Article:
…behold an angel of the Lord appeared to him in a dream, saying, “Joseph, son of David, do not fear to take Mary as your wife, for what is conceived in her is from the Holy Spirit. She will bear a son, and you shall call his name Jesus, for he will save his people from their sins.” (Matthew 1:20-21)
Sometimes in our reading of the Gospels we miss certain patterns that the writers intended for us to notice. One of those patterns in Matthew’s Gospel is the emphasis placed on the identity of Jesus. Think with me of the numerous occasions where this comes into play: For example, when the disciples witnessed Jesus still the wind and waves they asked, “Who is this? Even the wind and waves obey him!” (Mt. 8:27) Or when Jesus rode into Jerusalem on a donkey and the inhabitants asked, “Who is this?” (Mt. 21:9-10) Even Pilate asked, “Are you the king of the Jews?” (Mt. 26:63; 27:11) It should come as no surprise then that the opening words of Matthew focus on the identity of our Lord.
At the center of the book Jesus asks his disciples that question that draws their attention to his identity, “Who do people say that I am?” and then, “Who do you say that I am?” (Mt. 16:13-15)
There were those of course who considered Jesus to be a prophet. All his miracles pointed in this direction. Elijah and Elisha performed miracles. Not only that, Jesus’ teaching carried the weight of authority that characterized the prophets of old. Interestingly, Jesus never denied this claim, but he did ask the disciples who they believed him to be.
Peter was quick to confess that he believed Jesus to be the Christ. In Peter’s language, this meant Jesus to be the Messiah. (Christ is the Greek translation for the Aramaic or Hebrew Messiah) For Peter “Messiah” meant that Jesus would be the one promised by Isaiah who would sit on King David’s throne. (Isaiah 9: 6-7) Jesus, of course, affirmed Peter’s response. But we find that Matthew, Mark, and Luke each record that Jesus then began to tell them that it was necessary for the Son of Man to suffer at the hands of the Jewish religious leaders, die, and to rise again.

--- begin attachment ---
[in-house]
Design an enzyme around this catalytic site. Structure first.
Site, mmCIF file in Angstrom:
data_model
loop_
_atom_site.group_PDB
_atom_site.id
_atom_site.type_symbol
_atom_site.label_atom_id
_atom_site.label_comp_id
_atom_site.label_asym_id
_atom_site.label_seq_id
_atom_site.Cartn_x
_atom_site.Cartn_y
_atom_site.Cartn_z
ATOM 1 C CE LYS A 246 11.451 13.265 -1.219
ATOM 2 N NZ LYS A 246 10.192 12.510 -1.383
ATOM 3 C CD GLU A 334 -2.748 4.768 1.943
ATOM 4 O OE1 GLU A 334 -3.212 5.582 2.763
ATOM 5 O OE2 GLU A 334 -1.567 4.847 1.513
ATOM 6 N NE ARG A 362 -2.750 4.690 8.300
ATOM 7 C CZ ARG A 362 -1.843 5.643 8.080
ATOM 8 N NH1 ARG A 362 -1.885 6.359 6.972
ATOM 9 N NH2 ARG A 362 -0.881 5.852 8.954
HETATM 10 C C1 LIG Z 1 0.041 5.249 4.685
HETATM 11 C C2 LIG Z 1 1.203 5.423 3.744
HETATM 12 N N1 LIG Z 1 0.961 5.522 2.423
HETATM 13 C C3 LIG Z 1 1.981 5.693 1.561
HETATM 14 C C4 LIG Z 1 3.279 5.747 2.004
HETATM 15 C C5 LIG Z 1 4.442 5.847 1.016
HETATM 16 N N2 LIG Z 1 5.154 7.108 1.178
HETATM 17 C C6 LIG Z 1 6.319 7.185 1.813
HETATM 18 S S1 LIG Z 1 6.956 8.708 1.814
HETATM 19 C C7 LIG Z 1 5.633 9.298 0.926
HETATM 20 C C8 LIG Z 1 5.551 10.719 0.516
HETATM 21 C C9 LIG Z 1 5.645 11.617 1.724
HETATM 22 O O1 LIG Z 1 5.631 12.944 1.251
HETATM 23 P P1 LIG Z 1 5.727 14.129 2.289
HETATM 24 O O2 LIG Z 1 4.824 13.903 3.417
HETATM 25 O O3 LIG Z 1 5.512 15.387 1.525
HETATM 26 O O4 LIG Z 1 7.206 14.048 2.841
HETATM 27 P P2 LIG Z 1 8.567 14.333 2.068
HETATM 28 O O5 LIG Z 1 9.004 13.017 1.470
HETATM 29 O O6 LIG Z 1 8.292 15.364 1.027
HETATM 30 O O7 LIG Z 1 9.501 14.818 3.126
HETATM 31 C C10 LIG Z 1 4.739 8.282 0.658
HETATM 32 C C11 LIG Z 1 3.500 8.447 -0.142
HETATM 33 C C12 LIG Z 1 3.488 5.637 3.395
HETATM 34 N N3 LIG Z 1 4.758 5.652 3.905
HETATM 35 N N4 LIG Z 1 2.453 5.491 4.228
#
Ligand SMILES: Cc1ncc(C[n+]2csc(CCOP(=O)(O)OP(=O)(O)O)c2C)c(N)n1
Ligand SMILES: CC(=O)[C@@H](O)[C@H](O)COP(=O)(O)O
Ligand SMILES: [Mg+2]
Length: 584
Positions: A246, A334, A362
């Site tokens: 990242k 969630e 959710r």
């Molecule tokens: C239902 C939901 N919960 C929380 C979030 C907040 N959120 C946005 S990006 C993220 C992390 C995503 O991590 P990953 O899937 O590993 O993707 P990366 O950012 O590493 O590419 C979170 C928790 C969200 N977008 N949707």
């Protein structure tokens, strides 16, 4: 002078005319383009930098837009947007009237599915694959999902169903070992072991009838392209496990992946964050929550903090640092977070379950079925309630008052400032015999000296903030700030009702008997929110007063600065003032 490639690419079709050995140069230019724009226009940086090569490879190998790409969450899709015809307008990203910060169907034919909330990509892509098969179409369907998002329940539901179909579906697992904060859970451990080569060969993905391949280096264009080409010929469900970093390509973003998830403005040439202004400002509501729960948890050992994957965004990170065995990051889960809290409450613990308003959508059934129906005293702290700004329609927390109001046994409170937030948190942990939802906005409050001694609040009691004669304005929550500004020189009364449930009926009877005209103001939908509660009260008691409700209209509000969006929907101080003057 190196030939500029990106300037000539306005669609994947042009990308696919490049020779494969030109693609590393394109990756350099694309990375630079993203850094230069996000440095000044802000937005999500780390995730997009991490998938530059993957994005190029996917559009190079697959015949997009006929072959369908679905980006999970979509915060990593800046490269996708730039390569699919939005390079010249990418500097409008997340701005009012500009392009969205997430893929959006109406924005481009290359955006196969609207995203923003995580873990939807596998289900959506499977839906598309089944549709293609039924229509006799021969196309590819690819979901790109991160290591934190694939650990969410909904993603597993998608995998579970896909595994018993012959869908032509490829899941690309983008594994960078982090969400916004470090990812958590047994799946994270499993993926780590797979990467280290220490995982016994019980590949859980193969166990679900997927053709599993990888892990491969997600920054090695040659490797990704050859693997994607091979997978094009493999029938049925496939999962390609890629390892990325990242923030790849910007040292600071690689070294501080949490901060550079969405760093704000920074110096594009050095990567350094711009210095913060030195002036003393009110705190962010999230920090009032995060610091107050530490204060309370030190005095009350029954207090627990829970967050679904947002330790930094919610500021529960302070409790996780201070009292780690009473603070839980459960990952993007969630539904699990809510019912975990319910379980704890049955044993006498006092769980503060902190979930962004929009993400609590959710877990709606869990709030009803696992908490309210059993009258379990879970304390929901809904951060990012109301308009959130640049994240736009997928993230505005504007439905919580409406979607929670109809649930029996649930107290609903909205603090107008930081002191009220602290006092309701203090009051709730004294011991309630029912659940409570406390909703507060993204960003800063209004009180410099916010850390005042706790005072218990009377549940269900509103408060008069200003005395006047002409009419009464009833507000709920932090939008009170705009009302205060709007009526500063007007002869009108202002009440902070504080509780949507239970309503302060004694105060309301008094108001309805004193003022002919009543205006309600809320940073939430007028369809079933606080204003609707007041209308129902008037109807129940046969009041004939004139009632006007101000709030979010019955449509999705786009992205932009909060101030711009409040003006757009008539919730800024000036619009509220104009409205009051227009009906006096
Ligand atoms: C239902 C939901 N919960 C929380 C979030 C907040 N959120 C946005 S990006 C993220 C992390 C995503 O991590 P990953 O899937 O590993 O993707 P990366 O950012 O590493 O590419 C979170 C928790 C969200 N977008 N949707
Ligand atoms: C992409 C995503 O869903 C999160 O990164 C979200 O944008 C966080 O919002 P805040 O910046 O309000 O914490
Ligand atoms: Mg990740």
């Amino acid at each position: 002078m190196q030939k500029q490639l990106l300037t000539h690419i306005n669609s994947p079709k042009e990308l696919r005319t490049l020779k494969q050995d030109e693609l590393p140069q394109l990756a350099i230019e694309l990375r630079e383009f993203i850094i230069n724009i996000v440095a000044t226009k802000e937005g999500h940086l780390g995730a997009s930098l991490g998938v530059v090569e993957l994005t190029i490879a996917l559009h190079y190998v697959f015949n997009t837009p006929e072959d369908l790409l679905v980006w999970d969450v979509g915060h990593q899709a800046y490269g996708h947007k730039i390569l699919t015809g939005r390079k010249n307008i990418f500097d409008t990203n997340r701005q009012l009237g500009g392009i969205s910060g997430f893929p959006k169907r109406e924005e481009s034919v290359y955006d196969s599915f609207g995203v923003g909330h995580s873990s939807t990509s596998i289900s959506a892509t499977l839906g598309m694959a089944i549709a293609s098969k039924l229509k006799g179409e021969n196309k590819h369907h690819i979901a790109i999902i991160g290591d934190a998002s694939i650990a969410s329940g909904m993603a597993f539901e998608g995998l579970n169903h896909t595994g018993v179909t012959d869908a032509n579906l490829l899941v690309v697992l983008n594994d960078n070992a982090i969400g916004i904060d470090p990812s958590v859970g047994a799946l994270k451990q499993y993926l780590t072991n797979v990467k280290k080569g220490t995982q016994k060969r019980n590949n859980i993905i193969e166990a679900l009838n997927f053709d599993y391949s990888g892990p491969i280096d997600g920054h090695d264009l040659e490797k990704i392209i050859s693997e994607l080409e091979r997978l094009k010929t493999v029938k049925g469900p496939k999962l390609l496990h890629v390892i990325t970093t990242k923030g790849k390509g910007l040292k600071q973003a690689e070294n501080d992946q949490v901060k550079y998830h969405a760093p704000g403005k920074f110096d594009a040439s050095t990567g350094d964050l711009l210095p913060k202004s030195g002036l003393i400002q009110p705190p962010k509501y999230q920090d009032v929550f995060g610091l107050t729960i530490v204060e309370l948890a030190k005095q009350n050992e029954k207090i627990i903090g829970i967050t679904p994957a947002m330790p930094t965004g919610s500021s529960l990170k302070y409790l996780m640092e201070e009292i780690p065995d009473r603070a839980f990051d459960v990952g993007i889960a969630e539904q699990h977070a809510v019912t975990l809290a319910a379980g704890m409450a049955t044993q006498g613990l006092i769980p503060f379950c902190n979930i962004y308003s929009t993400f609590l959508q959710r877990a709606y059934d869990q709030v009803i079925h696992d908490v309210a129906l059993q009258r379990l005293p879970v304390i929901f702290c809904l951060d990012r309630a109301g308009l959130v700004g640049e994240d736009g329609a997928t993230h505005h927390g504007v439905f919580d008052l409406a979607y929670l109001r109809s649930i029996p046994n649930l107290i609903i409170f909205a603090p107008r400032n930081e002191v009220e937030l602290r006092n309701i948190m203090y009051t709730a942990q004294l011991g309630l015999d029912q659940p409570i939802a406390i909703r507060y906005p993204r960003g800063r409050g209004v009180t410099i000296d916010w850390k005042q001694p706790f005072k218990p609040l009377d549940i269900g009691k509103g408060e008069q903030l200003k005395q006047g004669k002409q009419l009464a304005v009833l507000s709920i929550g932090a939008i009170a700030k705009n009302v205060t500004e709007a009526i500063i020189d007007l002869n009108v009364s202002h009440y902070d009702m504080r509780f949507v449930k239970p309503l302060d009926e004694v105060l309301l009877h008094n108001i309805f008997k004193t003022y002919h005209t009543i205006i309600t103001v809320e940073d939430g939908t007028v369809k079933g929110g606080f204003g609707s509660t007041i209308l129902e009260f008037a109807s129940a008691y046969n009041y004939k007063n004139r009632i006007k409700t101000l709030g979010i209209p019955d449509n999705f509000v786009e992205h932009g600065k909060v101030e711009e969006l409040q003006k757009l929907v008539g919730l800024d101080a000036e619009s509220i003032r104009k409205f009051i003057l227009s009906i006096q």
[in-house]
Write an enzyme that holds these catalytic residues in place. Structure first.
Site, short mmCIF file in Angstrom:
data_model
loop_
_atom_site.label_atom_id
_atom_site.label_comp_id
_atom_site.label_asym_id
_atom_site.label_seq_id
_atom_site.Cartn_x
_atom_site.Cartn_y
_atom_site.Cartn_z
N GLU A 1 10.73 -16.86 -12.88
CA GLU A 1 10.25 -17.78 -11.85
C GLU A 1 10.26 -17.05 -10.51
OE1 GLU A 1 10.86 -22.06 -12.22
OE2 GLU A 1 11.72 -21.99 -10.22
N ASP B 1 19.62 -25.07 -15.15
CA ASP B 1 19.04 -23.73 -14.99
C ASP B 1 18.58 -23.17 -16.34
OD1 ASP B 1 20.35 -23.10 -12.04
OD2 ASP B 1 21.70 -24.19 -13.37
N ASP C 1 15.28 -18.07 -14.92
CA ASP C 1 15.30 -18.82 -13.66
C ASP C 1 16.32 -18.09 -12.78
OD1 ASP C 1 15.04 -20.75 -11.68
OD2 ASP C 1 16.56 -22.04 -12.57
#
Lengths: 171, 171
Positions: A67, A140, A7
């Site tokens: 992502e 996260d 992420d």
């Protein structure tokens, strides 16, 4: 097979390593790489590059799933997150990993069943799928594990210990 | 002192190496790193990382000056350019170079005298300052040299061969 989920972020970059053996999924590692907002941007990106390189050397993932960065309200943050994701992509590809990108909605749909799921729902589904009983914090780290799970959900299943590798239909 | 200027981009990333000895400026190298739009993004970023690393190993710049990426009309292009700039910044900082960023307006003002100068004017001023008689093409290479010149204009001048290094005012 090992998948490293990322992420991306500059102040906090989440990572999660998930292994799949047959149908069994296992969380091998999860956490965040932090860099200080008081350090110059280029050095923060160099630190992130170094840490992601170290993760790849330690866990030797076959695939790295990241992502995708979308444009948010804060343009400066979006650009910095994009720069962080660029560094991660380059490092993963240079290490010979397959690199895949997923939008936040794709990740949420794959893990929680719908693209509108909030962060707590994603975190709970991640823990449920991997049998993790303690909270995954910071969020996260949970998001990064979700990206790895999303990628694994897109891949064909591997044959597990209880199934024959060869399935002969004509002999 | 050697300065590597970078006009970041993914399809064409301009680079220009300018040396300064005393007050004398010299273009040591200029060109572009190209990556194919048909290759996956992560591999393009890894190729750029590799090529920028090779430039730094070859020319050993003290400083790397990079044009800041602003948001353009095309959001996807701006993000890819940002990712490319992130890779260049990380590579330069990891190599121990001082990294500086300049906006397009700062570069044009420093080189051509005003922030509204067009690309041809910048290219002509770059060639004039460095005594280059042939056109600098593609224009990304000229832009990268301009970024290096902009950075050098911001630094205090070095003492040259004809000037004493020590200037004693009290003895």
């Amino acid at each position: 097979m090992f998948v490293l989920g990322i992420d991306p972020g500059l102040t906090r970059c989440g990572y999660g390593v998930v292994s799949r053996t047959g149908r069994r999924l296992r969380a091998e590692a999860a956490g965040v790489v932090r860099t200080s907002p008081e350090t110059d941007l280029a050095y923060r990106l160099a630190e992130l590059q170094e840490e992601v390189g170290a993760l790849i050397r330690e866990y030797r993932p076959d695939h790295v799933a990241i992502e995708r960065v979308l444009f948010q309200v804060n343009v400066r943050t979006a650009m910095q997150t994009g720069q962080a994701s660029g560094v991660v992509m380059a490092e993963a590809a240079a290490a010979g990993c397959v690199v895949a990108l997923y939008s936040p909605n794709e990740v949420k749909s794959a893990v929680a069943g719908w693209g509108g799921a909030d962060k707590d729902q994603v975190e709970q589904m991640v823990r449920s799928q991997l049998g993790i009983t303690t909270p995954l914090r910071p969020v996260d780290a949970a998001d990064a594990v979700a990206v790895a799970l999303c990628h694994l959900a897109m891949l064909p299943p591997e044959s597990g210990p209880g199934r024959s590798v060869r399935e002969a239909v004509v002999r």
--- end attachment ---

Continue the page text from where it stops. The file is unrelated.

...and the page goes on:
What we see here is that Jesus indicates that he would play the role of priest. In fact, the Gospels show that Jesus would play the roles of prophet, king, and priest all rolled into one. Jesus was a prophet of course; not in the way that the Jews of old perceived him to be nor in the way that Muslims today would claim. He was the prophet that would speak the word of God in the way that no mere man had ever done before or would do again. In fact, every word he ever uttered was in the fullest sense “word of God”.
Jesus is also king too (that is ultimately what Messiah means), but not in the political sense that many had anticipated. Jesus’ response to Pilate was that his kingdom was not of this world. His Kingdom was the “rock” of Daniel 2 that would eventually supplant all human kingdoms with the one righteous kingdom.
But most importantly, Jesus is the priest in that he came to offer the sacrifice for the atonement of sins. Thus, the angel’s command to Joseph, “you shall call his name Jesus, for he will save his people from their sins.”
It seems to me that as we draw near to the celebration of Christ’s birth we need to be reminded of Jesus’ identity again. After all, isn’t this what Christmas is all about?
Pastor Tom Bridgman